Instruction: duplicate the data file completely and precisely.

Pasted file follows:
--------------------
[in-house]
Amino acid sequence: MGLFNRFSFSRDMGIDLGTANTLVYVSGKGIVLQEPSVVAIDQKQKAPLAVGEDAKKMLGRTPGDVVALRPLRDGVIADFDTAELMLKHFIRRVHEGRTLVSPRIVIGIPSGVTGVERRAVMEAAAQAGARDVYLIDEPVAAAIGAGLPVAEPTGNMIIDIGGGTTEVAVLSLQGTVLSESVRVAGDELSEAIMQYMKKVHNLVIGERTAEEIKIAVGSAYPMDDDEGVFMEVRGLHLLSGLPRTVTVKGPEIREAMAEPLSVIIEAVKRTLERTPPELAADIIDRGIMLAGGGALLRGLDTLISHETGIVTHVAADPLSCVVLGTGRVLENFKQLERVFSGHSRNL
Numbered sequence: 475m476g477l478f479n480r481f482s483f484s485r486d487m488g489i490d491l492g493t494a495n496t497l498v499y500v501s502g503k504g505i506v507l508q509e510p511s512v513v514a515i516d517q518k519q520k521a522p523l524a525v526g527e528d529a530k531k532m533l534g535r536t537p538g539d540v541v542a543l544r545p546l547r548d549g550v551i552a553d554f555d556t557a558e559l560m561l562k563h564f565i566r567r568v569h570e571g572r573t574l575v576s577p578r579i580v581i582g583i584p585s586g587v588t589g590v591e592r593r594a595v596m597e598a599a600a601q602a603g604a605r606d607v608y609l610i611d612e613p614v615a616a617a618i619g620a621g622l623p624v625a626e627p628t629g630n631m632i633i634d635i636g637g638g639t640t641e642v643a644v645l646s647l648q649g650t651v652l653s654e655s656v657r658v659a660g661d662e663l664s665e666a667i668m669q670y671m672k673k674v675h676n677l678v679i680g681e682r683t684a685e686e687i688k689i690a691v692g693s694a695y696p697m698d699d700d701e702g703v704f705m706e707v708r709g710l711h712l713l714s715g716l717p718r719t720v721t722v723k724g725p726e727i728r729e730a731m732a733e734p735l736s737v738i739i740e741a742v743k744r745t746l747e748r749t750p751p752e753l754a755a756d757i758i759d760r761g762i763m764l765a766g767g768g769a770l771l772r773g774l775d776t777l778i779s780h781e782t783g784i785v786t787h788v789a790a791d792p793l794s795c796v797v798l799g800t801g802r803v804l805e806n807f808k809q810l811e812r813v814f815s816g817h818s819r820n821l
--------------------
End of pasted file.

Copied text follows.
[in-house]
Amino acid sequence: MGLFNRFSFSRDMGIDLGTANTLVYVSGKGIVLQEPSVVAIDQKQKAPLAVGEDAKKMLGRTPGDVVALRPLRDGVIADFDTAELMLKHFIRRVHEGRTLVSPRIVIGIPSGVTGVERRAVMEAAAQAGARDVYLIDEPVAAAIGAGLPVAEPTGNMIIDIGGGTTEVAVLSLQGTVLSESVRVAGDELSEAIMQYMKKVHNLVIGERTAEEIKIAVGSAYPMDDDEGVFMEVRGLHLLSGLPRTVTVKGPEIREAMAEPLSVIIEAVKRTLERTPPELAADIIDRGIMLAGGGALLRGLDTLISHETGIVTHVAADPLSCVVLGTGRVLENFKQLERVFSGHSRNL
Numbered sequence: 475m476g477l478f479n480r481f482s483f484s485r486d487m488g489i490d491l492g493t494a495n496t497l498v499y500v501s502g503k504g505i506v507l508q509e510p511s512v513v514a515i516d517q518k519q520k521a522p523l524a525v526g527e528d529a530k531k532m533l534g535r536t537p538g539d540v541v542a543l544r545p546l547r548d549g550v551i552a553d554f555d556t557a558e559l560m561l562k563h564f565i566r567r568v569h570e571g572r573t574l575v576s577p578r579i580v581i582g583i584p585s586g587v588t589g590v591e592r593r594a595v596m597e598a599a600a601q602a603g604a605r606d607v608y609l610i611d612e613p614v615a616a617a618i619g620a621g622l623p624v625a626e627p628t629g630n631m632i633i634d635i636g637g638g639t640t641e642v643a644v645l646s647l648q649g650t651v652l653s654e655s656v657r658v659a660g661d662e663l664s665e666a667i668m669q670y671m672k673k674v675h676n677l678v679i680g681e682r683t684a685e686e687i688k689i690a691v692g693s694a695y696p697m698d699d700d701e702g703v704f705m706e707v708r709g710l711h712l713l714s715g716l717p718r719t720v721t722v723k724g725p726e727i728r729e730a731m732a733e734p735l736s737v738i739i740e741a742v743k744r745t746l747e748r749t750p751p752e753l754a755a756d757i758i759d760r761g762i763m764l765a766g767g768g769a770l771l772r773g774l775d776t777l778i779s780h781e782t783g784i785v786t787h788v789a790a791d792p793l794s795c796v797v798l799g800t801g802r803v804l805e806n807f808k809q810l811e812r813v814f815s816g817h818s819r820n821l